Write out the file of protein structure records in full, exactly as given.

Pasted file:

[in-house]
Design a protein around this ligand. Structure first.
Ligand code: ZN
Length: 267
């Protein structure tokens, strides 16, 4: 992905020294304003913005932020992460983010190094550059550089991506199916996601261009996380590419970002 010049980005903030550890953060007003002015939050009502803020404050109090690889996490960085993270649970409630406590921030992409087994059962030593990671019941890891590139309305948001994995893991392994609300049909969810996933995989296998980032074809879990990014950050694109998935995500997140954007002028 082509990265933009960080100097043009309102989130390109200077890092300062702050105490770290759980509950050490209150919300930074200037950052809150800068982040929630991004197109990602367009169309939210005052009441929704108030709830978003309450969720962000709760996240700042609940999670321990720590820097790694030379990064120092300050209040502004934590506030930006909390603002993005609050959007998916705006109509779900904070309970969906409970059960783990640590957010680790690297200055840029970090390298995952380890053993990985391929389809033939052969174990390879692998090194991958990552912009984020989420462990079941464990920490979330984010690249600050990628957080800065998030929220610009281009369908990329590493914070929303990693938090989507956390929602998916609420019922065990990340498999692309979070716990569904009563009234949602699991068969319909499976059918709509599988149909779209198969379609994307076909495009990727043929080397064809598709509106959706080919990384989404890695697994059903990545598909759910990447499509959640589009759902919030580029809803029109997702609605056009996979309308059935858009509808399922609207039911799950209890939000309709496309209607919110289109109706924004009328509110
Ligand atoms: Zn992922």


[in-house]
Design a protein around this ligand. Structure first.
Ligand code: ZN
Length: 267
């Protein structure tokens, strides 16, 4: 992905020294304003913005932020992460983010190094550059550089991506199916996601261009996380590419970002 010049980005903030550890953060007003002015939050009502803020404050109090690889996490960085993270649970409630406590921030992409087994059962030593990671019941890891590139309305948001994995893991392994609300049909969810996933995989296998980032074809879990990014950050694109998935995500997140954007002028 082509990265933009960080100097043009309102989130390109200077890092300062702050105490770290759980509950050490209150919300930074200037950052809150800068982040929630991004197109990602367009169309939210005052009441929704108030709830978003309450969720962000709760996240700042609940999670321990720590820097790694030379990064120092300050209040502004934590506030930006909390603002993005609050959007998916705006109509779900904070309970969906409970059960783990640590957010680790690297200055840029970090390298995952380890053993990985391929389809033939052969174990390879692998090194991958990552912009984020989420462990079941464990920490979330984010690249600050990628957080800065998030929220610009281009369908990329590493914070929303990693938090989507956390929602998916609420019922065990990340498999692309979070716990569904009563009234949602699991068969319909499976059918709509599988149909779209198969379609994307076909495009990727043929080397064809598709509106959706080919990384989404890695697994059903990545598909759910990447499509959640589009759902919030580029809803029109997702609605056009996979309308059935858009509808399922609207039911799950209890939000309709496309209607919110289109109706924004009328509110
Ligand atoms: Zn992922």